Country’s first salad crops gets off to good start in Broadland
Two of the country's first crops of early-sown salad are being grown in the heart of Broadland.
And the first eight-acre field at Reedham, near Acle, could be ready for harvesting by the third week of April if it continues to keep growing, said farm manager Rob Parker.
The combination of two inches of rainfall this month across east Norfolk and sunshine have helped the crops of spinach and wild rocket to make good progress, he said.
The first crops of spinach and wild rocket to be grown in the country were drilled in early March by East Coast Growers, of Grove Farm, Martham, which grows about 1,000 acres of salad crops each season.
'It is our first field. The spinach will be ready for the third week of April and the Wild Rocket will be ready for the second week of May – that is the first UK spinach and rocket being grown,' he said.
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'This is destined for UK supermarkets for fresh bagged salads in all the major multiples. We started drilling in the first week of March as soon as the ground conditions are correct and soil temperatures are starting to increase.
'Then we're straight through with a weekly drilling programme right through to the end of September. We continue our harvest programme to the middle of October to late October depending on exactly when the first frosts arrive,' said Mr Parker.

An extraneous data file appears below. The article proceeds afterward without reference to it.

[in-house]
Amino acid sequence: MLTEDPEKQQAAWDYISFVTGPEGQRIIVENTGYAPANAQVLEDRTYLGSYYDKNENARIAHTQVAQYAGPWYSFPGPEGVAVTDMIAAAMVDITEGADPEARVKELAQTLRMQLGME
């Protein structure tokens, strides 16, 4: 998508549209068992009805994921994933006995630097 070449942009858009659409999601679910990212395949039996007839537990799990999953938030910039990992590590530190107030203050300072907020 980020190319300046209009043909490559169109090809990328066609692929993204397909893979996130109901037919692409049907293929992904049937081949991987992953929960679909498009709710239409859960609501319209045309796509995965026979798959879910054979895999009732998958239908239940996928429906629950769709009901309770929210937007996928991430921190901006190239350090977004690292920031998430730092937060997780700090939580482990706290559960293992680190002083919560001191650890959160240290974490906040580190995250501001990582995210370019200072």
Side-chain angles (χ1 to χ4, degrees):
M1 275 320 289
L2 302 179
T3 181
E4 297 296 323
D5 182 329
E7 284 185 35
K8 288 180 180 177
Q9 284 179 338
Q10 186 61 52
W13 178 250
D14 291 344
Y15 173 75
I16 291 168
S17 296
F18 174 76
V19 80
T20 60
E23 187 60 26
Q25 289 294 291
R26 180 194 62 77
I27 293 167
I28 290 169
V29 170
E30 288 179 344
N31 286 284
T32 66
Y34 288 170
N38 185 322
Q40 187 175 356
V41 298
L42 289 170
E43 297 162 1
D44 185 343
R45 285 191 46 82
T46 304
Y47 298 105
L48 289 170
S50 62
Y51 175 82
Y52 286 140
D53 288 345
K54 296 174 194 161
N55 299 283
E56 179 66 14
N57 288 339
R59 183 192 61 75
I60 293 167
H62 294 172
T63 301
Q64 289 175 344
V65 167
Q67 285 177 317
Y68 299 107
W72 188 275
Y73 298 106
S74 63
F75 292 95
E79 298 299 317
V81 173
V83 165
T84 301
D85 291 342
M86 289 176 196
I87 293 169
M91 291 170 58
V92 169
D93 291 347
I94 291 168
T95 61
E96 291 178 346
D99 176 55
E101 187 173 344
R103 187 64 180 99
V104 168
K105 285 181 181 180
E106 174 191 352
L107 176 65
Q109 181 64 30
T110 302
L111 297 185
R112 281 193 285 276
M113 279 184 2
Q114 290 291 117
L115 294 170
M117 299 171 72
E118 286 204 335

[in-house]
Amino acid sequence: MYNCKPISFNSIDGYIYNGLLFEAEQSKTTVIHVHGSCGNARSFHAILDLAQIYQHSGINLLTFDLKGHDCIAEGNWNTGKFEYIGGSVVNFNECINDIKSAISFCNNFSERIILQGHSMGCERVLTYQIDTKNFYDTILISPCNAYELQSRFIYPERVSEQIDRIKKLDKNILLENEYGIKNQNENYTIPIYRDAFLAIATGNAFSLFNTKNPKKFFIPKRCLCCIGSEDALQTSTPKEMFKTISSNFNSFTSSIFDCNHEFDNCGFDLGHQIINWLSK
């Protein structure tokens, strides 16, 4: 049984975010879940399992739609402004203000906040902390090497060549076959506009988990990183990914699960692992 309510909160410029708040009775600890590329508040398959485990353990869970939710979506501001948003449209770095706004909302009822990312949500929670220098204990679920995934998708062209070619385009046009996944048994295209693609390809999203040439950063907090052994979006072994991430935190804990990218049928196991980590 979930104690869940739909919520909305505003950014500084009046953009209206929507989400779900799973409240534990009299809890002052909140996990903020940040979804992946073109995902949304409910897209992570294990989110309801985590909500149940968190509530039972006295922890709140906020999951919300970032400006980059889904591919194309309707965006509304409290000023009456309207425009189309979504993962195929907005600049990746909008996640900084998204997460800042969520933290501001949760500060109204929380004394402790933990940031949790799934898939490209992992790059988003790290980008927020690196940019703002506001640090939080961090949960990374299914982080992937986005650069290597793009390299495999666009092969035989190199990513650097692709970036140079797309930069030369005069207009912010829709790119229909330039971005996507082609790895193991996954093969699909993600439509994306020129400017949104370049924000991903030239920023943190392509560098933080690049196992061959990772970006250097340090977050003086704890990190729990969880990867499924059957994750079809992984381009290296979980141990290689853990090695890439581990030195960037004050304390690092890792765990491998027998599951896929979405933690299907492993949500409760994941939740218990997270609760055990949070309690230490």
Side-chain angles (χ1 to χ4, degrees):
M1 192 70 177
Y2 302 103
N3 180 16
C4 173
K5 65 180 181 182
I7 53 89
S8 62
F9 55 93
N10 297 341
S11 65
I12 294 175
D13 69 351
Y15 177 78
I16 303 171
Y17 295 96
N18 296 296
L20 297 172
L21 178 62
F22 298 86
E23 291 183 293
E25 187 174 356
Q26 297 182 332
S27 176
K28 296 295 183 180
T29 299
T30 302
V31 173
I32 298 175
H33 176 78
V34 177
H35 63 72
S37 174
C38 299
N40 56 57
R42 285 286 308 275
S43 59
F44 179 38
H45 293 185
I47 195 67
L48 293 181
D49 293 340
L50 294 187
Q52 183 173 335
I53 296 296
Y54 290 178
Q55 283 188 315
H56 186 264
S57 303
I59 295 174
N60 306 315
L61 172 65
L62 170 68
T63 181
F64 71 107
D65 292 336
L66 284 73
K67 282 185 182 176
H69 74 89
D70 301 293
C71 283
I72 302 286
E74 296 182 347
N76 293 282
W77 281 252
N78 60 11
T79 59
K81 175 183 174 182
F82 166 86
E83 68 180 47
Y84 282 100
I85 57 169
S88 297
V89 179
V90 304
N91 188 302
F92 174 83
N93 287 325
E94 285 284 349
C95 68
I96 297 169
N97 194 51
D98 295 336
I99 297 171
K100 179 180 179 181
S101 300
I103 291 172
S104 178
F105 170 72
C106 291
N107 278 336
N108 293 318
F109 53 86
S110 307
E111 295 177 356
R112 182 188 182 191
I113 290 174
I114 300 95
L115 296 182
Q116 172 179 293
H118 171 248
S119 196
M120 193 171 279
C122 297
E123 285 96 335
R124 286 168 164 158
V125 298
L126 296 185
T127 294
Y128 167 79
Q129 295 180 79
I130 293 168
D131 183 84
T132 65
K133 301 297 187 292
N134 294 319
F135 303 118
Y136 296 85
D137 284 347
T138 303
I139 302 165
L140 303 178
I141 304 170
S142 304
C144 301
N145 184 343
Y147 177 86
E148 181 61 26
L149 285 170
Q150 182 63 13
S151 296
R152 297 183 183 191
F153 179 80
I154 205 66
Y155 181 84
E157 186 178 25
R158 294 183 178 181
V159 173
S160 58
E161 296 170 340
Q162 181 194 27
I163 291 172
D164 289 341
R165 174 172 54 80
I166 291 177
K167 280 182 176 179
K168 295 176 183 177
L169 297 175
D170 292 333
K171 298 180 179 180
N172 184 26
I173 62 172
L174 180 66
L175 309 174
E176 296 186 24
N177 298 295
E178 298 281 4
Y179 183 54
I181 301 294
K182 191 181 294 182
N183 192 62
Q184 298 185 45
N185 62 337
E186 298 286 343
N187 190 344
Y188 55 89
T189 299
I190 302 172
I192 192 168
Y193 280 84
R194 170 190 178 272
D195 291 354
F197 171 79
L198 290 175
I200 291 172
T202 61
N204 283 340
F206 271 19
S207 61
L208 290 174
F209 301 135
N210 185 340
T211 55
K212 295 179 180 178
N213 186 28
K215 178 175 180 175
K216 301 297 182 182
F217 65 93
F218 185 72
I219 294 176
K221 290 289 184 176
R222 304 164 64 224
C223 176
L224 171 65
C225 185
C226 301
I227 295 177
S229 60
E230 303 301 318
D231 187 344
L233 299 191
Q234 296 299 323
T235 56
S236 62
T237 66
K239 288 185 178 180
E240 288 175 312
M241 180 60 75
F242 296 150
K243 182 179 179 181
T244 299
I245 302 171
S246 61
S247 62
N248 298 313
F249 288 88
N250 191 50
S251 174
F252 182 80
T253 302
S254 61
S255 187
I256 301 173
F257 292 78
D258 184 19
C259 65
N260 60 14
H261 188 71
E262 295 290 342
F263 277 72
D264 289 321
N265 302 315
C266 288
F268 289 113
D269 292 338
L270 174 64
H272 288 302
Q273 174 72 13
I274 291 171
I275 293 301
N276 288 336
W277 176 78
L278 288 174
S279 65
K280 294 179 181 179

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While he was concerned about availability of water, the Environment Agency has indicated that restrictions might not be needed until later in the summer. 'The two inches earlier this month has done a massively good job and also for cereal crops.
As crops were grown in succession, irrigation was needed to help the germination of salad crops. 'We sow these small seeds into a fine seedbed relatively shallow. We're drilling the Wild Rocket at about 2mm and the spinach about 10mm deep.'
'We are in a situation now, very much unlike last year, that once the crop has grown away, which it has, then we won't have to irrigate because the roots can tap into that water that came three weeks ago. It certainly saves a lot of irrigation for us – during April and into May.'
Overhead irrigators then apply about 6mm or 7mm of water at a time, said Mr Parker. 'It is nothing more than a very lighter rain, so it will be little and often and we're only trying to keep the to centimetre of soil moist,' he added.
The first crops should produce about 20 tonnes of Wild Rocket. And with luck, the yield of Spinach will be about double because the leaves are bigger and heavier, he said.
The recent spell of very cold early morning weather has not really troubled the crops, said Mr Parker. 'If it gets to minus 2C or minus 3C for a longer period overnight, then that's a problem. What we're actually experiencing at the moment is just a frost when the sun rises – and that small blip is fine. The plants can cope with that, no problem.'